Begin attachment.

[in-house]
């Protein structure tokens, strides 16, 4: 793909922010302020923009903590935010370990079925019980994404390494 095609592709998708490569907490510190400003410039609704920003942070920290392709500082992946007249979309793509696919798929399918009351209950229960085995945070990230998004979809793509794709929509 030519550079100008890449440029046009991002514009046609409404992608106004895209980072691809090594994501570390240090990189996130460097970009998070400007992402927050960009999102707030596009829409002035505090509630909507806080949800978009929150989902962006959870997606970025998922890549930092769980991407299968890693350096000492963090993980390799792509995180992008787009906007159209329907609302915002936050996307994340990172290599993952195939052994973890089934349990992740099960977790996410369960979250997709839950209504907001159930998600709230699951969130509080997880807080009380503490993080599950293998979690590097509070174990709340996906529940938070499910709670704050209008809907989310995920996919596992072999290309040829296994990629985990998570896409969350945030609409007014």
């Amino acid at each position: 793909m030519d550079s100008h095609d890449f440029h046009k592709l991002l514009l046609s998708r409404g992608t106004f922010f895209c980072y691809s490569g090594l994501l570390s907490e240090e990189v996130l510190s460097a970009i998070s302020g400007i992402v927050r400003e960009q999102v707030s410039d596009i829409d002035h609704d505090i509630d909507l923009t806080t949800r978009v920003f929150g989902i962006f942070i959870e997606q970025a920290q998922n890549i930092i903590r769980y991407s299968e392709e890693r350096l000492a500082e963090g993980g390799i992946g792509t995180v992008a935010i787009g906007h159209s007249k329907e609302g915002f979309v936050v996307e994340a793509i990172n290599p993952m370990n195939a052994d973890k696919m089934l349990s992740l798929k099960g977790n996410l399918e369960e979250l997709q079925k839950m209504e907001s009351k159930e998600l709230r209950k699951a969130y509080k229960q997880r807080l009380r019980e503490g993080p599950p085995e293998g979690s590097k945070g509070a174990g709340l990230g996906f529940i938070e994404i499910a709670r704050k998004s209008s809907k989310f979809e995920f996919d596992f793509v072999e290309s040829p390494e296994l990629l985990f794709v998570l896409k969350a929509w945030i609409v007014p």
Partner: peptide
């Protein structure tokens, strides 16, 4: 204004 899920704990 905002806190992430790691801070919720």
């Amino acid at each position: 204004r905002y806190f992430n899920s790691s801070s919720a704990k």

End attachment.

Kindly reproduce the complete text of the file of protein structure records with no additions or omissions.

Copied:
[in-house]
């Protein structure tokens, strides 16, 4: 793909922010302020923009903590935010370990079925019980994404390494 095609592709998708490569907490510190400003410039609704920003942070920290392709500082992946007249979309793509696919798929399918009351209950229960085995945070990230998004979809793509794709929509 030519550079100008890449440029046009991002514009046609409404992608106004895209980072691809090594994501570390240090990189996130460097970009998070400007992402927050960009999102707030596009829409002035505090509630909507806080949800978009929150989902962006959870997606970025998922890549930092769980991407299968890693350096000492963090993980390799792509995180992008787009906007159209329907609302915002936050996307994340990172290599993952195939052994973890089934349990992740099960977790996410369960979250997709839950209504907001159930998600709230699951969130509080997880807080009380503490993080599950293998979690590097509070174990709340996906529940938070499910709670704050209008809907989310995920996919596992072999290309040829296994990629985990998570896409969350945030609409007014």
């Amino acid at each position: 793909m030519d550079s100008h095609d890449f440029h046009k592709l991002l514009l046609s998708r409404g992608t106004f922010f895209c980072y691809s490569g090594l994501l570390s907490e240090e990189v996130l510190s460097a970009i998070s302020g400007i992402v927050r400003e960009q999102v707030s410039d596009i829409d002035h609704d505090i509630d909507l923009t806080t949800r978009v920003f929150g989902i962006f942070i959870e997606q970025a920290q998922n890549i930092i903590r769980y991407s299968e392709e890693r350096l000492a500082e963090g993980g390799i992946g792509t995180v992008a935010i787009g906007h159209s007249k329907e609302g915002f979309v936050v996307e994340a793509i990172n290599p993952m370990n195939a052994d973890k696919m089934l349990s992740l798929k099960g977790n996410l399918e369960e979250l997709q079925k839950m209504e907001s009351k159930e998600l709230r209950k699951a969130y509080k229960q997880r807080l009380r019980e503490g993080p599950p085995e293998g979690s590097k945070g509070a174990g709340l990230g996906f529940i938070e994404i499910a709670r704050k998004s209008s809907k989310f979809e995920f996919d596992f793509v072999e290309s040829p390494e296994l990629l985990f794709v998570l896409k969350a929509w945030i609409v007014p």
Partner: peptide
């Protein structure tokens, strides 16, 4: 204004 899920704990 905002806190992430790691801070919720």
């Amino acid at each position: 204004r905002y806190f992430n899920s790691s801070s919720a704990k």